The Spectator

Portrait of the week | 19 September 2012

Portrait of the week | 19 September 2012
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The government gave a commercial company, Capita, a contract to find and remove more than 150,000 migrants who have overstayed their visas. A French court prohibited a magazine from republishing pictures of the Duchess of Cambridge topless, or distributing them. After appearing in the French magazine, the pictures had been printed in the Irish Daily Star. The Duke and Duchess continued their Jubilee year tour, taking in the Solomon Islands and Tuvalu. In a freedom of information case brought by a Guardian journalist, an appeal court ruled that correspondence between Prince Charles and the government should be made public. Derek Jameson, a former editor of the Daily Star, died, aged 82. Lord Stevens of Ludgate, a former chairman of United Newspapers, joined Ukip. In the past year councils have issued 3,197 fines for alleged crimes involving dustbins.

The annual rate of inflation fell a touch to 2.5 per cent in August (from 2.6 in July) as measured by the Consumer Prices Index, or to 2.9 (from 3.2) by the Retail Prices Index. The government hatched plans to break the link between inflation and the annual increase in benefits. Two unarmed policewomen were killed in a gun and grenade attack at Mottram, Greater Manchester, shortly after which Dale Cregan, a man wanted over two other killings, turned himself in. A 35-year-old woman from North Yorkshire who admitted aborting her own baby in the final phase of her pregnancy was jailed for eight years. Natural England granted farmers in Gloucestershire a licence to shoot badgers.

The government pondered a proposed merger between the defence concerns BAE and EADS (in which the French and German governments have interests). The GCSE examination in England is to be replaced in core subjects by an ‘English Baccalaureate Certificate’, Michael Gove, the Education Secretary, announced. The European Court of Human Rights ruled that it was unlawful for Britain to hold prisoners for indeterminate sentences while not letting them complete rehabilitation courses that would qualify them for parole. Labour had a 15 percentage-point lead over the Conservatives, according to a poll for the Times.


Protesters attacked Japanese businesses in China following an agreement by Japan to buy some uninhabited islands in the East China Sea known to them as the Senkaku and to the Chinese as the Diaoyu islands. Xi Jinping, who is expected to be made the ruler of China at the next Communist Party congress, reappeared after an unexplained fortnight’s disappearance. In Chengdu, a two-day secret trial found against Wang Lijun, the policeman who in February briefly fled to an American consulate after the murder of Neil Heywood, a British businessman, precipitating the fall of the politician Bo Xilai. President Obama of the United States complained to the World Trade Organisation about the Chinese motor market.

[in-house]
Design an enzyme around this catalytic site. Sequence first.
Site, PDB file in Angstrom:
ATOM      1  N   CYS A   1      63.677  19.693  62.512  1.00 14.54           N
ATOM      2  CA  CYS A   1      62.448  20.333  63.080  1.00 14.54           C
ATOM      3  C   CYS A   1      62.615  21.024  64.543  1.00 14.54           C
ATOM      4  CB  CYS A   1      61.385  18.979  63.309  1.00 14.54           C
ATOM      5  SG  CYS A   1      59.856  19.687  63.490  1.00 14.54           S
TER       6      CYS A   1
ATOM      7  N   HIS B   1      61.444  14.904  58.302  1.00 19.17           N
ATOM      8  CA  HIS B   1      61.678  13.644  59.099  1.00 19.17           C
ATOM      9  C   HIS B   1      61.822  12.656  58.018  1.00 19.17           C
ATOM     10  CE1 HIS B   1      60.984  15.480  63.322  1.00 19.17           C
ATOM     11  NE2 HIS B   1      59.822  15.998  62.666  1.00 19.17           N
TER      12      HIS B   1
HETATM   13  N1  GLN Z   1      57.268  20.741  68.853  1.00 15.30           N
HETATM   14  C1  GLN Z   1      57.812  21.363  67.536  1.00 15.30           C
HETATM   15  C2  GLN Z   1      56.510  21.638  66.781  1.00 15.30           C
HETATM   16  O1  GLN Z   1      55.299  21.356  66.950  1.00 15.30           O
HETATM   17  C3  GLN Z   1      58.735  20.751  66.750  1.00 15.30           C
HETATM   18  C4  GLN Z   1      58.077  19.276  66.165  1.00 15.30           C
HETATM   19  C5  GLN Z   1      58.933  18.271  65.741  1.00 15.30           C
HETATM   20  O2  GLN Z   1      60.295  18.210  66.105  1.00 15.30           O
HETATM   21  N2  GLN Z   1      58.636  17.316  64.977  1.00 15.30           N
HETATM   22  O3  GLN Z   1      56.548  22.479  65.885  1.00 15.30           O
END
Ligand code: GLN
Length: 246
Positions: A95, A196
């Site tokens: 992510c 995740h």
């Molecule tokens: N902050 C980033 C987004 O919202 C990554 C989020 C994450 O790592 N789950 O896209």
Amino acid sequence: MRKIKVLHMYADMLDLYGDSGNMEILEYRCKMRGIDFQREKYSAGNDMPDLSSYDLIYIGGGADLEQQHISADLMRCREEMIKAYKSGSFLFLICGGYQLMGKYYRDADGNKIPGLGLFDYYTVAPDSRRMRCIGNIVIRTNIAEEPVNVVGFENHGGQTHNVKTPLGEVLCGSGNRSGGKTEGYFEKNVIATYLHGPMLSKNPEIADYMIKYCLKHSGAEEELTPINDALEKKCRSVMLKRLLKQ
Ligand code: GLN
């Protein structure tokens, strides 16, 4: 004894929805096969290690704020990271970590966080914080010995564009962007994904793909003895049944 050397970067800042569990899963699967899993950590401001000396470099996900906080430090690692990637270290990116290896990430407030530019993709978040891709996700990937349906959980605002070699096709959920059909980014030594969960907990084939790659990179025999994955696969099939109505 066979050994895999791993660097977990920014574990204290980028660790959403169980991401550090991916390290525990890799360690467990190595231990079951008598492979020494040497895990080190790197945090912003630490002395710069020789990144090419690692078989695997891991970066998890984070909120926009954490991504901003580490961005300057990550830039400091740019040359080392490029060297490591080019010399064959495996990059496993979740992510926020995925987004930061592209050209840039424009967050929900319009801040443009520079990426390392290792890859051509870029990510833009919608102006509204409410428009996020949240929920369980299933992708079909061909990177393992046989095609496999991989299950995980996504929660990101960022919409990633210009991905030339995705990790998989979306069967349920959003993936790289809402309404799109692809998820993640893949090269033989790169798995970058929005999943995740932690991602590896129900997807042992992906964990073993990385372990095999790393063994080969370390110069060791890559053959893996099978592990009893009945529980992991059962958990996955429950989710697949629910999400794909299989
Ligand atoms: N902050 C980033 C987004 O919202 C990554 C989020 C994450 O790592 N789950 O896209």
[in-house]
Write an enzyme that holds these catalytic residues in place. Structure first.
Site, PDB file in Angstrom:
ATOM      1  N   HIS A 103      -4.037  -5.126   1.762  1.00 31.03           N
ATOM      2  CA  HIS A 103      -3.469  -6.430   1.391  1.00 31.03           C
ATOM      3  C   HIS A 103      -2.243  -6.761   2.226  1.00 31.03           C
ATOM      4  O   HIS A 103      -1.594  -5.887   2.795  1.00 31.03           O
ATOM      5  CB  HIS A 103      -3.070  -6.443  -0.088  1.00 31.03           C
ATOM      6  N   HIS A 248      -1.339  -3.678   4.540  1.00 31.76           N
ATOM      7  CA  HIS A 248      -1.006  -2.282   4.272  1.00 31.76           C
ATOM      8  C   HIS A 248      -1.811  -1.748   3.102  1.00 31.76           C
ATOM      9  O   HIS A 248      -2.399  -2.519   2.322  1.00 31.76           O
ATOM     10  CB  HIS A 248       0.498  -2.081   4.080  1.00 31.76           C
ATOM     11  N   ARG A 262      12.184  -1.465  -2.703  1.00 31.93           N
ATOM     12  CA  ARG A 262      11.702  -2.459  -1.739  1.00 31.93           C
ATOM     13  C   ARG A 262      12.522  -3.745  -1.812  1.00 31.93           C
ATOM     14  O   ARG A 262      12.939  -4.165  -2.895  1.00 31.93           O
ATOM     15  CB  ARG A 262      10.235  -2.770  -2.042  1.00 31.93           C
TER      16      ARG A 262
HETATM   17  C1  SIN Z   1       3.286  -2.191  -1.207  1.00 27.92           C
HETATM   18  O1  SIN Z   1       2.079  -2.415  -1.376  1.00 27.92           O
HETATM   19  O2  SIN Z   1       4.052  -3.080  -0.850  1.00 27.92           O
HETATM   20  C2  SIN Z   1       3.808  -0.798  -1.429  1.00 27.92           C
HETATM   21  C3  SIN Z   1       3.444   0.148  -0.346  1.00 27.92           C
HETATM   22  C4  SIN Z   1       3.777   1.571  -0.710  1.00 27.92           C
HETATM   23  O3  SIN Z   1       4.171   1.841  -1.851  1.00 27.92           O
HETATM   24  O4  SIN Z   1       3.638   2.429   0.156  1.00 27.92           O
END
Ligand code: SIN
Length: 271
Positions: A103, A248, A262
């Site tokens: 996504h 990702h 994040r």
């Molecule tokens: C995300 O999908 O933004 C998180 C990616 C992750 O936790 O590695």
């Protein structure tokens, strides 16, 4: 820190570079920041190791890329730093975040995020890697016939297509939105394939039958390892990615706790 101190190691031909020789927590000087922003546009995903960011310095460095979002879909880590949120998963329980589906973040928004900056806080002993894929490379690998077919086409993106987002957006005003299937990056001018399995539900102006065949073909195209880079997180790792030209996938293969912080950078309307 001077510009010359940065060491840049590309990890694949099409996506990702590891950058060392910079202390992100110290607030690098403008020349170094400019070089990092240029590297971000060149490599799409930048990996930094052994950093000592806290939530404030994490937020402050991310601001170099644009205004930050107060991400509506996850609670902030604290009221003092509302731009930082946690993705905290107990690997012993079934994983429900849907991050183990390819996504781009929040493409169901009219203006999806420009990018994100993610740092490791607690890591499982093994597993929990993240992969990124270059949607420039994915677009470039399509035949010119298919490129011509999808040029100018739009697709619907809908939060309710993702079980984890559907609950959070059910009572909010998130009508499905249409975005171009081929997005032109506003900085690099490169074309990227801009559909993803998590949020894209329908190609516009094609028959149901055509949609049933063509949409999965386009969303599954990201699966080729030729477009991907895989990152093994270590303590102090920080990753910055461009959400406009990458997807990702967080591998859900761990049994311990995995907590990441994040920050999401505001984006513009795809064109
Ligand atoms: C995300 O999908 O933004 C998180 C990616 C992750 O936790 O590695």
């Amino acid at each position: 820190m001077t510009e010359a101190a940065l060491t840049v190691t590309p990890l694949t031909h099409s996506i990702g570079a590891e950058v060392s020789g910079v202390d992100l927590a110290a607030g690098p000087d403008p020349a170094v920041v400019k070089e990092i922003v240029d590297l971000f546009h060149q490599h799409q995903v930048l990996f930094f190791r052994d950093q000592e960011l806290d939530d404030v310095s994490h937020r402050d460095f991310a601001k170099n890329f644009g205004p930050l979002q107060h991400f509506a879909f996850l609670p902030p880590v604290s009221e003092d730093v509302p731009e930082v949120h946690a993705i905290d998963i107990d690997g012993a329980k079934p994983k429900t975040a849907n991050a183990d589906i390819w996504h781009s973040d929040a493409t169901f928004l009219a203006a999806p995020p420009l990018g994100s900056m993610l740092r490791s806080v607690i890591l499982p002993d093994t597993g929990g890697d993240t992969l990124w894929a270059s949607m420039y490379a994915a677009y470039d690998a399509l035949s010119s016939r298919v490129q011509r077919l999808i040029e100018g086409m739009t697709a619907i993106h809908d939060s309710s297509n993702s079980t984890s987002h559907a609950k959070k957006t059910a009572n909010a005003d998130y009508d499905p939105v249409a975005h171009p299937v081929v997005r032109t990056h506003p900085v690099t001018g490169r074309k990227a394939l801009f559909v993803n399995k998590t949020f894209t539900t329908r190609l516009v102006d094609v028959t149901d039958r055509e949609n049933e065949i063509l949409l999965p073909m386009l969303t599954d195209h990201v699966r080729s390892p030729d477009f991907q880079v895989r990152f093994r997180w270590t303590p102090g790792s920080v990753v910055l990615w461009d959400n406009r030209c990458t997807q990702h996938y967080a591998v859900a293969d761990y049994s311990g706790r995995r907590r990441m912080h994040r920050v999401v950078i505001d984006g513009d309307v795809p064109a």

Sheikh Hassan Nasrallah, the leader of Hezbollah, called for more protests against a video that an American had posted on the internet which insulted Islam. In the week following the killing of the US ambassador in Benghazi, Libya, mobs broke into the US embassy in Sanaa, Yemen, and attacked the US embassy in Cairo. In one day, seven protesters were killed in different parts of the Muslim world. In Afghanistan the Taleban attacked Nato’s Camp Bastion, killing two US Marines. Prince Harry, who is based at the camp, was moved to a more secure place, in recognition that he might be a target, according to the British Defence Secretary. Nato reduced joint operations with Afghan forces because 51 of its people have been killed this year by attacks by members of the Afghan forces.

The Pope said Mass for 350,000 in the open air in Beirut and called for peaceful co-existence between Christians and Muslims. He had been met by a banner reading: ‘Hezbollah greets the Pope in the country of co-existence.’ In Syria, aerial assaults by government aircraft continued on Aleppo. The UN said that 18,000 had died in Syria since hostilities began in 2011. Mitt Romney was taped saying that the Americans who back President Obama do not pay income tax and would never vote for him; then another video emerged of him saying: ‘The Palestinians have no interest whatsoever in establishing peace.’ The US Federal Reserve launched $40 billion a month in quantitative easing. Madrid hosted 10 rallies in one day, by teachers, firemen, anarcho-syndicalists and others protesting at austerity. -CSH